It's difficult to know what to make of Michael Pilz's Himmel und Erde, a nearly five-hour unconventional ethnography of the Austrian alpine village of St. Anna. Though more than an hour and a half longer than Frederick Wiseman's Belfast, Maine, it isn't nearly as finely detailed or as expansive. Instead of showing many aspects of community life in great detail as Wiseman does, Pilz shows the same handful of activities repeatedly, inviting an ever deeper reconsideration of their meaning.
Himmel und Erde, translatable as Heaven and Earth, was recorded between 1979 and 1982. The documentary invites the viewer to contemplate the disruptive effects of technology on economic and social ties through circumscribed vignettes of village life which are oft repeated either as recycled footage or variations on a theme. The repeated vignettes explore the village school and schoolchildren, the farm and farm life, logging and road building, and the social life of the tavern and church.
The schoolyard boys dream of being mechanics and electricians and imagine one day shipping their fathers off to retirement homes, their fathers lament the demise of farming as an economically viable vocation, and the community as a whole mourns those families compelled to move away to seek livelihoods elsewhere.
"In these modern times not everything is great" says one farmer, who like every other local farmer must also find supplementary non-farm work to support the family. With advances in farm machinery and consequential decreases in the price of farm products, hillside family farms are too small to meet farm expenses, yet the high costs of hillside farming and the social conventions of family farming blunt the consolidation of the small tracts. The result is a slow dissolution of an agrarian way of life that accreted over centuries -- farmer's sons grow up to be mechanics and electricians, and neighbors leave.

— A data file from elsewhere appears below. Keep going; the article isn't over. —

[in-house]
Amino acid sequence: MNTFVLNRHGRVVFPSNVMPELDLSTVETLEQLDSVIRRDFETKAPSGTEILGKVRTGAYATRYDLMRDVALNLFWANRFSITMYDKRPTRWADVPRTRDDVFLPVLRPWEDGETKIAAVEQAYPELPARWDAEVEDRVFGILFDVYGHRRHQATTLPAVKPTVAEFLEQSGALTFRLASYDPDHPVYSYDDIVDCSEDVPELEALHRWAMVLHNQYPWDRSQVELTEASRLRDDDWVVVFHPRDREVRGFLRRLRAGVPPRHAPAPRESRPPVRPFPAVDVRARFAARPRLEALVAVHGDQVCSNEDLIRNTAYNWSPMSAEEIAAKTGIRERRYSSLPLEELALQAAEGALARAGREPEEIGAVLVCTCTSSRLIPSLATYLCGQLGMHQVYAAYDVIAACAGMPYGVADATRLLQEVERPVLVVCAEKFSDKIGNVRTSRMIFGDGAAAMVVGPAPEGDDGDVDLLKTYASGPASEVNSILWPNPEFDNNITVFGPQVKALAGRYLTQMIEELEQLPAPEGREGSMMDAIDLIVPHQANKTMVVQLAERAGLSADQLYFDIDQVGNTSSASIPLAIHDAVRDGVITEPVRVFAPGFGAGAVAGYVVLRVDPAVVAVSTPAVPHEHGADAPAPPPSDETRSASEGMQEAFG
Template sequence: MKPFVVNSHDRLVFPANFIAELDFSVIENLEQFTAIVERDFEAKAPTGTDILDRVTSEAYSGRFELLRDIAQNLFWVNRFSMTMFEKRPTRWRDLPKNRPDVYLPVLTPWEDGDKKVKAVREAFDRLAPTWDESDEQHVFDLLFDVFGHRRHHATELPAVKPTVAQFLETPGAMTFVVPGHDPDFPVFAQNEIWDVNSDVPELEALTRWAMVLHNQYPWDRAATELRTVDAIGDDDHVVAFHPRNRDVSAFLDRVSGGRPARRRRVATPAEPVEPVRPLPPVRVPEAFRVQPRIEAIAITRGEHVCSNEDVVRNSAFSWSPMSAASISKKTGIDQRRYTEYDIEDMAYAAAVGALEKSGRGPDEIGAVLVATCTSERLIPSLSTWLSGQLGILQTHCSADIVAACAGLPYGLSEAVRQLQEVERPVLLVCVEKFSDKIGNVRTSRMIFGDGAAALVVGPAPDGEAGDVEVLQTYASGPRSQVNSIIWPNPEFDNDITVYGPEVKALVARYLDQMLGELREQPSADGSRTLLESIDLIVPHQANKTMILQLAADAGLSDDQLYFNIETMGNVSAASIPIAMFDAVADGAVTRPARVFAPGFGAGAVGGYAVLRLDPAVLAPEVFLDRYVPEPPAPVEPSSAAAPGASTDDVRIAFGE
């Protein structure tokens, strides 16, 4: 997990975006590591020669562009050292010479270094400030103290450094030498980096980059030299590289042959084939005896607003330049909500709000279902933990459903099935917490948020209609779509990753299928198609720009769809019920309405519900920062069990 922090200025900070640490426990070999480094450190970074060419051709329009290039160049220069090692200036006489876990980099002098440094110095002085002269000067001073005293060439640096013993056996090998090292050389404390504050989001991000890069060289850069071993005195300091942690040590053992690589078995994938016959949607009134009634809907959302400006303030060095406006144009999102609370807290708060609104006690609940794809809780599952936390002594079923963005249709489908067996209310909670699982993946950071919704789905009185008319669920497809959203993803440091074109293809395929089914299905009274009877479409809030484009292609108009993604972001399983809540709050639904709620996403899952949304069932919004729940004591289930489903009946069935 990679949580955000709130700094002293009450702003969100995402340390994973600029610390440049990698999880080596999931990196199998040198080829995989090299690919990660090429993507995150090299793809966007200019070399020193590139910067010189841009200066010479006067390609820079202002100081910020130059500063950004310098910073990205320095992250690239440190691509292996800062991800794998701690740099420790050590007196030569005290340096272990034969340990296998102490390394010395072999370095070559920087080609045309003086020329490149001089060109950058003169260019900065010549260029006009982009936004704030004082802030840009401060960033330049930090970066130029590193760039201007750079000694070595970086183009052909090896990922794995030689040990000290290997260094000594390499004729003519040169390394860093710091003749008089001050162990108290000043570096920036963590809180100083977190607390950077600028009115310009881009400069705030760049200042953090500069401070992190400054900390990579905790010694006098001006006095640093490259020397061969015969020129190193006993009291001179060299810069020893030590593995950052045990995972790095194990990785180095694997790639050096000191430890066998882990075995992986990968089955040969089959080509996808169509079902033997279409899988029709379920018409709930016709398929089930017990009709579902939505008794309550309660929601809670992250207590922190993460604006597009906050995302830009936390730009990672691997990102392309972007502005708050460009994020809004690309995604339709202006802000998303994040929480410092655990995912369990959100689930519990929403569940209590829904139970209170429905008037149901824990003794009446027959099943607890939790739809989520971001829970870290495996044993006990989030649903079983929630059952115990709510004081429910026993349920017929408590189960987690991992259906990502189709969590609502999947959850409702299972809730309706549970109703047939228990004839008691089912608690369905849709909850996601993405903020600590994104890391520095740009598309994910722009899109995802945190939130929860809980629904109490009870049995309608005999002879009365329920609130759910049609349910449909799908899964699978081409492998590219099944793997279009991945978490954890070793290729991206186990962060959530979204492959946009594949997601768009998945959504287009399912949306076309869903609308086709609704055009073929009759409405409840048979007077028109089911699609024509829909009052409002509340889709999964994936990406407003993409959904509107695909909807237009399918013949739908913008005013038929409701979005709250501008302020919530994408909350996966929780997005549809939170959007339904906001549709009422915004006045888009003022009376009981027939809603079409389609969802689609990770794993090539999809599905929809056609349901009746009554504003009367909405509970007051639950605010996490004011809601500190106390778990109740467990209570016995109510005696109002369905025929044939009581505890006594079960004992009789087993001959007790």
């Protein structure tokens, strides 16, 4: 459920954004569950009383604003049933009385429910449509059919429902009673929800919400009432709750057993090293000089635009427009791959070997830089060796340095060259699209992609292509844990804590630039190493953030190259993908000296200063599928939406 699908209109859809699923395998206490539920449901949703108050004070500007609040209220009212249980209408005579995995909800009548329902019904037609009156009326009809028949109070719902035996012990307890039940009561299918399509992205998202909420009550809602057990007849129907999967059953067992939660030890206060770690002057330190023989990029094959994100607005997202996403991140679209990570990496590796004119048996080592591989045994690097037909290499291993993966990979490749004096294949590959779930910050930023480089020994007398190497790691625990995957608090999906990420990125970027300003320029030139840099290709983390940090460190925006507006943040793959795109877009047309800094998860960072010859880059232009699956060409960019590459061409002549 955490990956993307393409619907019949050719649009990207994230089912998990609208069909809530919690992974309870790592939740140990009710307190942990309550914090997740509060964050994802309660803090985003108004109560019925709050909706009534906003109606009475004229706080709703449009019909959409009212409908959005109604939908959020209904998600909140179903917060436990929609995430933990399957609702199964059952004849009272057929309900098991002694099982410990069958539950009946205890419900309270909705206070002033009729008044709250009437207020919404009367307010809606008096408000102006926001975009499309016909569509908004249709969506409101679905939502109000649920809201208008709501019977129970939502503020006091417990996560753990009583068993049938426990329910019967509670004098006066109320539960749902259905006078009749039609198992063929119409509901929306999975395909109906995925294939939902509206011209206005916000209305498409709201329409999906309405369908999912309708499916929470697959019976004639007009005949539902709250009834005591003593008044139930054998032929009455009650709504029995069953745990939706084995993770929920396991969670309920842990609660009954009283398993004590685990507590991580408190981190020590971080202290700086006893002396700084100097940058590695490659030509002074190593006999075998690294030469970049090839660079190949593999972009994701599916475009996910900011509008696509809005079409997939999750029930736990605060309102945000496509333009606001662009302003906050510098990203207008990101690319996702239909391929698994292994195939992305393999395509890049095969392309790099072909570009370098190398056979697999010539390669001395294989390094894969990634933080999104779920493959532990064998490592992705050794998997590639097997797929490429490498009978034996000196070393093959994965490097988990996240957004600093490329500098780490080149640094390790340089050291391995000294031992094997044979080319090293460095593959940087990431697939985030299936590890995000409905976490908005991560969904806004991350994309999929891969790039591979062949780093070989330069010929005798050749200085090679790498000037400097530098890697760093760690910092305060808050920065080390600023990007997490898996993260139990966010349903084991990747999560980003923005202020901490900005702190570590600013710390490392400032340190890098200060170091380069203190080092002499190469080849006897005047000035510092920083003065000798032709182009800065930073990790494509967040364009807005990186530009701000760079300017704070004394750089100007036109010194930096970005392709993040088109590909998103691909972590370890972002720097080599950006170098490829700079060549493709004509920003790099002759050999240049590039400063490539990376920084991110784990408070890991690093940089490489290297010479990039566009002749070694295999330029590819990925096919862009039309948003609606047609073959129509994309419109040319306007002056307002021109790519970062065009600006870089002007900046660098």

Pilz's methods are highly affected. In addition to the repetition of circumscribed vignettes described above, Pliz's frequent narration tends towards metaphysical poetics. The people of St. Anna are not as important as individuals as they are as abstracted physical manifestations of the ideas he attempts to convey through his poetic narration. Though Pilz may not have had a role in the DVD subtitling (but I strongly suspect he did), his devaluing of the subjects as individuals comes through clearly in how the documentary is subtitled. Although every word of Pilz's narration is subtitled, the degree to which the words of the villagers are subtitled varies in direct proportion to how well those words serve Pilz's purposes. For example, school reports and economic summaries selected by Pilz to be read by the villagers are nearly fully subtitled. Similarly, the extemporaneous answers to Pilz's questions are mostly subtitled, but dialogue between the villagers rarely earns a subtitle, presumably because such small talk doesn't advance the filmmaker's objective.
This two-disc set was released by Edition Filmmuseum, a label founded by six German-language national archives and the Goethe-Institut. The discs are PAL-encoded but not region restricted.
Video & Audio:
Shot on color 16mm and B&W 8mm, blown up to 35mm, then digitally transferred via SD telecine to DVD, Himmel und Erde is presented in its original 1.33:1 aspect ratio. The image is often grainy and shows some signs of age, however the overall visual effect is pleasing.
The 2.0 German original German audio provides little or no separation between the channels but generally sounds fine with only slight tape hiss.
Removable subtitles are provided in English, German, or French.
The only extra provided is a booklet with an essay by film scholar Michael Pekler, a 2010 post script from filmmaker Michael Pilz, and DVD production notes.
Michael Pilz's 285-minute documentary Himmel and Erde, an essay film in the guise of an ethnographic documentary, contemplates the finite lot of individuals as part of a continuum of human experience in the natural world. His subjects are born into a culture not of their choosing, live lives buffeted by economic and social transformations not of their making, raise children and pass away, while the natural world above their heads and below their feet abides.